Bottom Painting Services
Boat owners know they have 4 choices when it comes to storing their boat: in a high-and-dry, on a trailer, on a lift or in the water. Each has benefits and drawbacks. In-the-water storage gives you the easiest and quickest access to your boat and on the surface appears the cheapest–or is it? Keeping your boat in salt water, here in Florida, means that in a matter of a few days–or a couple weeks–you’ll have organisms growing on and into the hull. The only way to prevent this is with the use of bottom paint. Bottom paint usually contains copper or another substance which prevents the organisms from reaching your hull. Most folks use an ablative paint which acts like a bar of soap in that the paint is designed to wear off your hull from either use or scrubbing and when it wears off it takes the growth with it. This means your paint needs to be replaced periodically (most manufacturers only warranty their paint for 1 year).
Different hulls require different preparation and products. An aluminum-hulled pontoon boat will be destroyed if we apply a copper based paint directly to the aluminum so we use both an aluminum protection product and an epoxy coating to protect your boat from the bottom paint and then we apply two coats of bottom paint to protect your boat from the water. 3 different products and 5 coats go on all bare aluminum-hulled boats.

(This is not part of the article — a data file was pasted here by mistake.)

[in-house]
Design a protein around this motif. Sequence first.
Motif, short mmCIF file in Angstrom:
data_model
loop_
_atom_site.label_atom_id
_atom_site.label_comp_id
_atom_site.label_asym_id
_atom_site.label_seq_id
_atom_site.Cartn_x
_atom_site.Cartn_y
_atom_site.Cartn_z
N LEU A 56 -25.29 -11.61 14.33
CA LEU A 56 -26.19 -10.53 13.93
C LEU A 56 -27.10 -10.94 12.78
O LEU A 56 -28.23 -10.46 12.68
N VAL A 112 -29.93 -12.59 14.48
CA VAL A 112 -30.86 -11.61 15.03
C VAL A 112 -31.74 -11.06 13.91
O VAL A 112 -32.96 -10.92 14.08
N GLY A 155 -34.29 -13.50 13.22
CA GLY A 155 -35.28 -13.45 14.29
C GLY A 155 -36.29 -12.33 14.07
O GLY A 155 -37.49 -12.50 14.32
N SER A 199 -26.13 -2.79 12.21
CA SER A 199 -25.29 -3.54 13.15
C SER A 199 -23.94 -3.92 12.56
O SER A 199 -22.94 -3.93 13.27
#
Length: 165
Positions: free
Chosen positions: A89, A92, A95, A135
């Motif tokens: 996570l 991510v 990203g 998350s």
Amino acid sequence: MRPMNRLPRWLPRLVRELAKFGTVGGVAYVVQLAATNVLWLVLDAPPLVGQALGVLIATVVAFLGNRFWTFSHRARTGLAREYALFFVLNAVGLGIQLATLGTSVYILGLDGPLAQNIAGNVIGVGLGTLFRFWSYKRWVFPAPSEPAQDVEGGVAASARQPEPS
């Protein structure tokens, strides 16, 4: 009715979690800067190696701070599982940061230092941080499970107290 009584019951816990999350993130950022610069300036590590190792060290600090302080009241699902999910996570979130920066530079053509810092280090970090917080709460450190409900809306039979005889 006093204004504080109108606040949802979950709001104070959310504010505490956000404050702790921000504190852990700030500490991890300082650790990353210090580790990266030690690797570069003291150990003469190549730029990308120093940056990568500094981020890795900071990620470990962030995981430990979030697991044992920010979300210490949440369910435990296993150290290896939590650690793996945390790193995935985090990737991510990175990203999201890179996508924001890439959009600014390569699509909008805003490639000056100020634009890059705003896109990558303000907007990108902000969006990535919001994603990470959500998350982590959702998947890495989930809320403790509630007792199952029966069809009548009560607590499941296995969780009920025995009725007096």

Fiberglass boats need to be de-waxed and then lightly scuffed with sandpaper to give the paint a surface to adhere to. A usual application for fiberglass hulls involves 2 products and 2-3 coats.
Many folks make the mistake of waiting too long between paint jobs, or they leave the boat sitting too long (remember, an ablative paint needs to wear off through use or scrubbing). We’ve had some boats come in with over 4 inches of barnacle growth all over the boat. We can’t paint over any growth, it all needs to be scraped and ground off. Sometimes corrosion has already set in and we need to either patch holes in aluminum or repair blisters in fiberglass. Though the products and techniques we use to protect your boat are the same, no two paint jobs are alike because of the most important element of the paint job: preparation. Our prices are based on two factors: (1) the paint, and (2) the preparation.
The price of the paint is an easy calculation:
Aluminum pontoon boats: $18 per foot, per pontoon
fiberglass boats: $30 per foot
The price of the preparation is the largest variable and is priced at an hourly rate of $90. A brand new boat will usually require 2 hours of prep time, a previously-painted and well-maintained boat, with no growth, is about 3.5 hours and a boat with 4 inches of growth and corrosion can take up to 12 hours. We can generally look at your boat out of the water and give you an accurate estimate of the prep time.
Want to try bottom painting yourself?
You can buy the paint from us, and you should buy a Tyvec suit, full face respirator, chemical resistant gloves, 2 different roller handles, 6 rollers, painter’s tape, boat blocks (have fun lying on your back with your hands over your head for the next 14 hours), a scraper, 80 grit sandpaper, a pressure washer, tools to remove your zincs and a whole bunch of water or gatorade. You’ll quickly learn the job isn’t fun and no price is too high to pay someone else to do it, especially in the summer.
Here’s an example of a boat covered in barnacles. Let’s get to work!
Best leave hard work like this to the pros at Homosassa Springs Marina
Here is that same boat after we’ve scraped and buffed off all of the barnacles. The tape is part of the prep-work before the bottom paint is applied.
Give us a call today, or at least bring the boat in and let us estimate the work load for you.